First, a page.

The word ‘evolution’ is overused and misused, coming to mean everything from gradual societal improvement to technological innovation. Strictly speaking however, evolution has nothing to do with human affairs. Indeed, I submit that evolution has been stuck since “fully modern humans” emerged.
My worldview is that human history, which began with the invention of writing, has not been a slowly ascending spiral of progress but a now rapidly descending spiral of fragmentation, culminating in the ecological crisis and crisis of consciousness everyone on earth is facing today.
Of course, there have been astounding scientific and technological advancements, as well as notable advancements in civilization, such as the elimination (at least legally) of slavery and women’s suffrage, as well as the reduction of poverty and the increase in education worldwide.
The core truth is however, as I heard a religious teacher say near the end of his life, “No teacher, however illumined, has changed the basic course of humankind.”
When I first heard that statement, it both grabbed me and made me question. Didn’t Jesus, for one, change the course of humanity?
I’d already come to feel the reason so many people in the West, and even the Middle East, have a strong feeling for Jesus in the 2000-plus years since he was crucified, is that though his mission failed, he saw it through, and didn’t lose faith in God and humanity.
The Buddha is a more difficult case, because he did ignite an inner revolution that deeply altered the course of an entire region, from its origins in India spreading to China, Tibet, Japan and beyond. In recent decades, the importation and transplantation of Buddhism to the West to the dead rootstock of the West has coincided with its decline in the East.
Apart from these and other examples, including Mohammed, the core question, which I asked for weeks after hearing the above statement, is: What is the basic course of humankind, and can it change?
Is human consciousness evolving, in the sense that that the human heart, in general, is growing more expansive and the human mind more capacious?
Or is the reverse happening—the human heart is shrinking, and humans today are shadows of the richness and character of our forbears, as violent and barbaric as they could be and often were?
More telling is humankind’s relationship with nature, and the mystery within and beyond nature. It mirrors the increasing lack of relationship we have with each other.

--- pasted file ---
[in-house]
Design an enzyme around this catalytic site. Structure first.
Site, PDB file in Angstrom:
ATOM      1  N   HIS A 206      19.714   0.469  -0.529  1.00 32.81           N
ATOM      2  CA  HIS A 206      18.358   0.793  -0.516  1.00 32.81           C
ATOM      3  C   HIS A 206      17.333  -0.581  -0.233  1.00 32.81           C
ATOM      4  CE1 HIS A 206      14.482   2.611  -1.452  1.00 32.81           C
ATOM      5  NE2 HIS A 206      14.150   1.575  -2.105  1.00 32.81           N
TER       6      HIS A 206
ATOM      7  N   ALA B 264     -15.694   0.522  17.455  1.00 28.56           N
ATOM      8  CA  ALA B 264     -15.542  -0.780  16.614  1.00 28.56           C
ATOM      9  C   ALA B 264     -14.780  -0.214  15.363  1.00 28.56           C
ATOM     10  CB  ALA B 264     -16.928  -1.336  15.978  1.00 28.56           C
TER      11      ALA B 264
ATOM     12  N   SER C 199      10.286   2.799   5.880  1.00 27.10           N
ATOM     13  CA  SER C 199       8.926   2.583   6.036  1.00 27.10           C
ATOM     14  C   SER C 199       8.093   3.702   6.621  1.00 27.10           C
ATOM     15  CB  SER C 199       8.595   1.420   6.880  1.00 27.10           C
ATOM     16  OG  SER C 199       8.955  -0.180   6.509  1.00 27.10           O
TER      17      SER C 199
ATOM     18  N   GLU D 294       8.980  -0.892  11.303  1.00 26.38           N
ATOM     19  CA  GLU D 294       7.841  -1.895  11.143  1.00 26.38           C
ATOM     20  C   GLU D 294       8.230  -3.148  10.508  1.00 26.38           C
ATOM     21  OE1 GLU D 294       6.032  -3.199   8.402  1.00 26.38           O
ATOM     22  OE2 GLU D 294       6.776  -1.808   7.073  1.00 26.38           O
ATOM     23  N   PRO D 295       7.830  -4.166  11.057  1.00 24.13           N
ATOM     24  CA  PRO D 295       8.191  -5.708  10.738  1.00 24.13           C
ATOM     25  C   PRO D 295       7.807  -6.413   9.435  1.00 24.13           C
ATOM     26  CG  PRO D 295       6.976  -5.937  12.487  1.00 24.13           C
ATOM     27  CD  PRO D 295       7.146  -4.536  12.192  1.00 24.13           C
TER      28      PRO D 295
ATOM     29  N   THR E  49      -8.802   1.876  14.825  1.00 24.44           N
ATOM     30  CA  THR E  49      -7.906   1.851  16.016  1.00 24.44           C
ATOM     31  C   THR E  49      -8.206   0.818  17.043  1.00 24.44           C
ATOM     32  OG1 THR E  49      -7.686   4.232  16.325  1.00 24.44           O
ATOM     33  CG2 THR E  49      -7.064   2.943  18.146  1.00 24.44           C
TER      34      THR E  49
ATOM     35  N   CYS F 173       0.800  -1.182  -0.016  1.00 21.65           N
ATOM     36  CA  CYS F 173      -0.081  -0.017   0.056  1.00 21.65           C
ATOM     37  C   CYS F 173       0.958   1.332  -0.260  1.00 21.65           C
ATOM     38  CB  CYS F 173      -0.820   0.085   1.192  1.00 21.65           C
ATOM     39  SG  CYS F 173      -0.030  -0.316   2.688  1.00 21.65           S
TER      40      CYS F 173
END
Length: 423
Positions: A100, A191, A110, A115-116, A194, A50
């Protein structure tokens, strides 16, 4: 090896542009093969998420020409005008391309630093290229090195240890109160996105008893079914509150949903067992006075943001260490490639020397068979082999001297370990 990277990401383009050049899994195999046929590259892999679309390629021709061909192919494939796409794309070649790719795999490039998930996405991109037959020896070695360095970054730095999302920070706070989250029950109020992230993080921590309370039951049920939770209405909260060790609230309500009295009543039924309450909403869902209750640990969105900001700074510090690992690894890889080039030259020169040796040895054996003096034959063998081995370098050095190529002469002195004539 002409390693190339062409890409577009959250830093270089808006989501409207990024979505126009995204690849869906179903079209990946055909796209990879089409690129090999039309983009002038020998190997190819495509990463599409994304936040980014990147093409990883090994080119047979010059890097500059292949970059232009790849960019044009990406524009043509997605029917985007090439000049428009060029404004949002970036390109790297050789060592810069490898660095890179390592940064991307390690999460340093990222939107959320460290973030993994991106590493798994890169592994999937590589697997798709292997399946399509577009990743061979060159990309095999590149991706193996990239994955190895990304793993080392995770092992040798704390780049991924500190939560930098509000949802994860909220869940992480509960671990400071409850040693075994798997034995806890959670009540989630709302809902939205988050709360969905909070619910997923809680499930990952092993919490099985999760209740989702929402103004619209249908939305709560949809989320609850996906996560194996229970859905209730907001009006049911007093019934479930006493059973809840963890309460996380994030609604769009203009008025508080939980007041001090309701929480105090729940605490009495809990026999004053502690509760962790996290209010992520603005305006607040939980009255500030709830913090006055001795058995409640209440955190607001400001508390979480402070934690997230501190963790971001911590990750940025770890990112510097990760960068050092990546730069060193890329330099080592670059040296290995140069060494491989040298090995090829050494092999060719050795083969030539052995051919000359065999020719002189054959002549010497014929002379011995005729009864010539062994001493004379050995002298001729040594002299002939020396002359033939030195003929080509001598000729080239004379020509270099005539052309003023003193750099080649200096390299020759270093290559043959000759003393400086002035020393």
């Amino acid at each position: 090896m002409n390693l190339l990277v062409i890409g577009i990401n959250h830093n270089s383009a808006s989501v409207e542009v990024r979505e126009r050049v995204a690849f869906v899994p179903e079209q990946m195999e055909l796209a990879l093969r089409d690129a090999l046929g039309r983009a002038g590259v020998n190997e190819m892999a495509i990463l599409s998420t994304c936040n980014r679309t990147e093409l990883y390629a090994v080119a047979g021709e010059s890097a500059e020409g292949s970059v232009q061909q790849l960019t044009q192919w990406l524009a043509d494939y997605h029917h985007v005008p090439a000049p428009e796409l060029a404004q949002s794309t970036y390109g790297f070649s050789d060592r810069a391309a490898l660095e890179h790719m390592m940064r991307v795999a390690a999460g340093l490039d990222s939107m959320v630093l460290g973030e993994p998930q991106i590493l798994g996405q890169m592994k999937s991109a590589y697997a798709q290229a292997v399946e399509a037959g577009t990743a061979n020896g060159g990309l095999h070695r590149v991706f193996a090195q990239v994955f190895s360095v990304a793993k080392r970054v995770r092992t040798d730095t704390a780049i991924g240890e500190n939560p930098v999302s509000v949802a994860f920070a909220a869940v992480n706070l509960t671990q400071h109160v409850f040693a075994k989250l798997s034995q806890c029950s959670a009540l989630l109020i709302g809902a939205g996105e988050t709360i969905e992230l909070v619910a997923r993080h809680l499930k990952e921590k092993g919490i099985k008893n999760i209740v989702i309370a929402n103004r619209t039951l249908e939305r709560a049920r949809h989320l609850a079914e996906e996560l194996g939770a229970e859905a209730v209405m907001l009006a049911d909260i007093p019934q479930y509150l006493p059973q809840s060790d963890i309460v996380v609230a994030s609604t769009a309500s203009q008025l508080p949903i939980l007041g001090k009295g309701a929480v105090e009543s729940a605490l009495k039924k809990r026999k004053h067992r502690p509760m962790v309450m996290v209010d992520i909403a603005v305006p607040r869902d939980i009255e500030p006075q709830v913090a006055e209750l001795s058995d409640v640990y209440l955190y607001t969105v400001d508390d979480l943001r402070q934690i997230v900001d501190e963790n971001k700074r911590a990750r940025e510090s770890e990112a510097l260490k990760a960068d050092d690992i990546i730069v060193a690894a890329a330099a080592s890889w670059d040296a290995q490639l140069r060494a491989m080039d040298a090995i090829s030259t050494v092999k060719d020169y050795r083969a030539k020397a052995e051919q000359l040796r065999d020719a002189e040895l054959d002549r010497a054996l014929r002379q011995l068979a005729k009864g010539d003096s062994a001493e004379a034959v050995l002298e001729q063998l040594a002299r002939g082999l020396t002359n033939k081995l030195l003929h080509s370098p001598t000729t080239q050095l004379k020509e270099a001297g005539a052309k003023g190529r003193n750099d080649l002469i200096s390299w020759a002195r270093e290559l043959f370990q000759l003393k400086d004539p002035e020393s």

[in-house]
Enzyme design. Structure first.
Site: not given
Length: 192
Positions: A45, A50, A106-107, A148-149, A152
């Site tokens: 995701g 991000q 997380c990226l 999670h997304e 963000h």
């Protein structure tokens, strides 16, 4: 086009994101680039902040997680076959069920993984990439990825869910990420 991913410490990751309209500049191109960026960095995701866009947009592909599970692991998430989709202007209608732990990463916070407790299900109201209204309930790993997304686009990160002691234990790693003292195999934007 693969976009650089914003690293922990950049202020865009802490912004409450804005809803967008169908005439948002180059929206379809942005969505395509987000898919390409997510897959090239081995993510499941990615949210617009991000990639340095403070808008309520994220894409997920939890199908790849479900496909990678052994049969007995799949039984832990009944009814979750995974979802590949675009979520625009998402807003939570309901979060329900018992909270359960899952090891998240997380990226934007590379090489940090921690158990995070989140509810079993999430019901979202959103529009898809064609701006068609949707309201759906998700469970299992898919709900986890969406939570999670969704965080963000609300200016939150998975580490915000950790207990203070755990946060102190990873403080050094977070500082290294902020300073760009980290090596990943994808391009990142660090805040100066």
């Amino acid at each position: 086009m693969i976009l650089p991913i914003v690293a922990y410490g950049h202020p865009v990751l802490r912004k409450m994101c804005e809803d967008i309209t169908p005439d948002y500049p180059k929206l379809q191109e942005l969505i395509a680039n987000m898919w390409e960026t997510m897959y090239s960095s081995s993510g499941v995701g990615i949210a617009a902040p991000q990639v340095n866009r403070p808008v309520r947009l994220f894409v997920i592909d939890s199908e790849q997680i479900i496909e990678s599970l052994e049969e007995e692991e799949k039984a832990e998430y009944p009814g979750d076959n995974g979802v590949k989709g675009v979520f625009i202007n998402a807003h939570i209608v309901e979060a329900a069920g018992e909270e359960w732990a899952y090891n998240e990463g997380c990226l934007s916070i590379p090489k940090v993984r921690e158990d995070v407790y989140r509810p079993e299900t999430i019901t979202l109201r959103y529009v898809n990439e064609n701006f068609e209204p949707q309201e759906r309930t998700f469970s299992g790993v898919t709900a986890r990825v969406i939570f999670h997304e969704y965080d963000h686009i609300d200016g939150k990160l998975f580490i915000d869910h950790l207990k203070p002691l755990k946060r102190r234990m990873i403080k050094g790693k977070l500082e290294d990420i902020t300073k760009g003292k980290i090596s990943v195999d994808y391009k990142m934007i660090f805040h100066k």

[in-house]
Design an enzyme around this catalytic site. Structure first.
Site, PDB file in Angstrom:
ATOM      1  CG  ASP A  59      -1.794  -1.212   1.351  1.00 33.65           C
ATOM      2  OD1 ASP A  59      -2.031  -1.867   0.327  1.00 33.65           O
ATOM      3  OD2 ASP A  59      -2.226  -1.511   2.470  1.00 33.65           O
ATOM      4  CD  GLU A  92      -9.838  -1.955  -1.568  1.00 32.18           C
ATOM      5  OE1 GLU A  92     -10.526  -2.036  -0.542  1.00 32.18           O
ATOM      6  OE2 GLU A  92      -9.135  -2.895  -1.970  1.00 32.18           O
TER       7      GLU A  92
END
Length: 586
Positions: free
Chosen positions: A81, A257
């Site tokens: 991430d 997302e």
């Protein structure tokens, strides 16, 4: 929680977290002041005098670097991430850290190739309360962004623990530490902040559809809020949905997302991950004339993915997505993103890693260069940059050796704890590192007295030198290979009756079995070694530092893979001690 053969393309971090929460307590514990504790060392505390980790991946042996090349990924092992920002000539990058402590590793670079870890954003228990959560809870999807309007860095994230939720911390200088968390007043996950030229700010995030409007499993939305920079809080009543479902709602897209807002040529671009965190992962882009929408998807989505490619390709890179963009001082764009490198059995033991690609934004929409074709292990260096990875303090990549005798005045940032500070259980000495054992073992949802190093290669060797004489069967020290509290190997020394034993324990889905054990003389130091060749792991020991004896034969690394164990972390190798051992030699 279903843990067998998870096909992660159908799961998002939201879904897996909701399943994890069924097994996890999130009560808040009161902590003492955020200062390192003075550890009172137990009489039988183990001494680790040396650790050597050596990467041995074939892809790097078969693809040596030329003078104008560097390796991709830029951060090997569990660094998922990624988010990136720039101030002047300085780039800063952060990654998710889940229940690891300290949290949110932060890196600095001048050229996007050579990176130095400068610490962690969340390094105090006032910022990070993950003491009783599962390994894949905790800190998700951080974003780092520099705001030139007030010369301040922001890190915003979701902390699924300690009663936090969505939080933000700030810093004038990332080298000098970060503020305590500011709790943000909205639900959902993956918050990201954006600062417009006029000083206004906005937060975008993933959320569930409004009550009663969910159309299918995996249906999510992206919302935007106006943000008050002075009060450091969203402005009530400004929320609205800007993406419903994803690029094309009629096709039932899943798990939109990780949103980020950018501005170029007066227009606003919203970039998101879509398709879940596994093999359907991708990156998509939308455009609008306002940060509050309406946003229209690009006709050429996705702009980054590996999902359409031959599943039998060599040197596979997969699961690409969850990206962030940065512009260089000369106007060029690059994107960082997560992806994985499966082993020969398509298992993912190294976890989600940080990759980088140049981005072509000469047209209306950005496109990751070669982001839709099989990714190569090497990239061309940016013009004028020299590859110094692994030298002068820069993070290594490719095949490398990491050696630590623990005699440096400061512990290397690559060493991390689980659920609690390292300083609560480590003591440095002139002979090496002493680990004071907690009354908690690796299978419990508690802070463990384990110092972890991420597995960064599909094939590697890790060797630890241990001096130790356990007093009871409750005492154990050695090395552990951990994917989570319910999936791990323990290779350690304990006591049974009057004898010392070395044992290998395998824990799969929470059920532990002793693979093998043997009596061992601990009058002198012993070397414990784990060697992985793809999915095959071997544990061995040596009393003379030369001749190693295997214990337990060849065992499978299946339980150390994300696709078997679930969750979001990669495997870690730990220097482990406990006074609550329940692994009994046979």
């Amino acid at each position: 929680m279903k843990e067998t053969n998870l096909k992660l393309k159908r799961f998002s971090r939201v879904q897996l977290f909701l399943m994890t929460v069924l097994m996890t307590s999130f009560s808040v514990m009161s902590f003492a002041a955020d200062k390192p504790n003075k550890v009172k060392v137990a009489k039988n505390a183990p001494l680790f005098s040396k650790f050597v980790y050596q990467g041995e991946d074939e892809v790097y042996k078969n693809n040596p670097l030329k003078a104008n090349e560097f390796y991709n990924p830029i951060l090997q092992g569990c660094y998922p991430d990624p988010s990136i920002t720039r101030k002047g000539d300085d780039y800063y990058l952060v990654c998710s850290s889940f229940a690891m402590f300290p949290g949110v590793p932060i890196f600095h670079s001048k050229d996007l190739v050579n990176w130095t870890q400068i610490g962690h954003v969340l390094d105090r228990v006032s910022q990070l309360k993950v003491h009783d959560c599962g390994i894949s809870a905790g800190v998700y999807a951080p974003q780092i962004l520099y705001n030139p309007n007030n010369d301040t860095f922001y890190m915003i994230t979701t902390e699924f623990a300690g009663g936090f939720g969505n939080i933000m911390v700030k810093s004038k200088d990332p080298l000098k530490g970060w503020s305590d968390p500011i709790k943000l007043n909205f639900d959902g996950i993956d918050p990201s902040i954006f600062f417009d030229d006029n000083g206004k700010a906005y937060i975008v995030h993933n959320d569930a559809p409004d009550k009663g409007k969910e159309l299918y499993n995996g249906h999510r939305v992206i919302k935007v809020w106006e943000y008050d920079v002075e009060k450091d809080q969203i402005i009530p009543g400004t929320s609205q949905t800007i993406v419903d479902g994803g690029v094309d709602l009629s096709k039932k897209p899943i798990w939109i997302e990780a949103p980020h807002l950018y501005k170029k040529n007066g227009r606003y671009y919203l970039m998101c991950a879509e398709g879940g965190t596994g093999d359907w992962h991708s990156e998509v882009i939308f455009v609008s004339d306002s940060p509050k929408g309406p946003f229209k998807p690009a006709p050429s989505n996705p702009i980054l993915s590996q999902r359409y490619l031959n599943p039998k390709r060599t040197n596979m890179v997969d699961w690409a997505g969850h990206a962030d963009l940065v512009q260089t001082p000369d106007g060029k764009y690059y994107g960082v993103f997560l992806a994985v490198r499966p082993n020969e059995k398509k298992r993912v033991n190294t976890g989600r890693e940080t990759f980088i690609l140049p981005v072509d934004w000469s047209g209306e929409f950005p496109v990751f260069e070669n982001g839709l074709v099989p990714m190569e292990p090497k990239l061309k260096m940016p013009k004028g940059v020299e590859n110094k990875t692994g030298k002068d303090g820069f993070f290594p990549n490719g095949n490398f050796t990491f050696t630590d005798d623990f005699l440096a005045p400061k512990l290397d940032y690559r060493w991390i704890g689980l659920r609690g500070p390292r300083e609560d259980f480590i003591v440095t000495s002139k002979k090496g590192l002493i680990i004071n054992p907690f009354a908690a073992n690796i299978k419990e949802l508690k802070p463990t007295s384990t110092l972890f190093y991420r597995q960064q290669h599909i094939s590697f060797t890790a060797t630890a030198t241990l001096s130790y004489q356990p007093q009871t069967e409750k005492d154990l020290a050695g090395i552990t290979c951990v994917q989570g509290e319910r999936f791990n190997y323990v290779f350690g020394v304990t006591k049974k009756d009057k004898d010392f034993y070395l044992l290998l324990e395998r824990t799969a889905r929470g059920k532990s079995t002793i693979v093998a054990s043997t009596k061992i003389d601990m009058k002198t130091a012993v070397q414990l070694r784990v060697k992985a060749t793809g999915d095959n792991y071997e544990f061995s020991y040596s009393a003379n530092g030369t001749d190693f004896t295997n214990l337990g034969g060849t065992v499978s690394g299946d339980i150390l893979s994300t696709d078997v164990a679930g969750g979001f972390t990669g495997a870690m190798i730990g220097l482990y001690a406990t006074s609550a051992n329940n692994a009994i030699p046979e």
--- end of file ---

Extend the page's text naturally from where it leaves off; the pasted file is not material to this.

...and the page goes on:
Looked at from a whole perspective, it’s impossible to argue that we have been progressing as a species, rather than becoming increasingly destructive to the earth, on which we arose along with all other animals. Through the juggernaut of global capitalism, the dominant view is to see earth as resource to deplete before humans colonize Mars.
As man continues to rapaciously plunder the planet, the human heart is shrinking, and more and more people are becoming, in the vernacular, shitheads. Many, perhaps most young people have given up on humanity, and the vast majority of people seek escape in myriad ways. Taking care of ‘me,’ in one form or another, has become the highest value, not just in the West, but increasingly around the world.
Despite the growing reality of darkness and the escalation of evil, and the reactions of despair and depression, something else may be happening however. I say ‘may’ not to hold out hope, but to consider and suggest another possibility.
Humankind is facing, in the cliché of our time, “an existential crisis.” The idea of an ascending spiral of human civilization and consciousness is simply false. The descending spiral of consciousness and civilization is accurate. Is there another future for humanity?
The human brain has not only the capacity for accumulating tremendous knowledge through science, and translating it into astounding technologies (the ultimate being the replication of the functions of thought itself through AI).
The human brain also has the capacity to be completely, attentively still, and commune with the silence, mystery and sacredness that pervade nature and the cosmos.
To this point, we humans have been externalizing creatures. For many tens of thousands of years the imperative of survival in the hardships of the wilderness drove an outward orientation.
However, now that man has tamed or ‘conquered’ nearly all the wilderness that the entire earth once was, and we have entered the so-called Anthropocene Age, the accumulation of knowledge is leaving less and less inner ace for the highest capacity of Homo sapiens—that of awakening transcendent consciousness. Doing so has become a matter of individual and collective survival.
At some point, and this is that point in our age at least, a great leap becomes as simple as turning around and taking the first step.
Unlike just before the cognitive revolution about 100,000 years ago in East Africa, humankind doesn’t face a physical bottleneck but a psychological, emotional and spiritual bottleneck, for which there has to be conscious rather than subconscious breakthrough.
Like the cognitive breakthrough however, which ushered in “fully modern humans,” it will only take only a few thousand people at the right time to open the way ahead, away from the inwardly dead humans we have become to the inwardly alive and growing human beings we can be.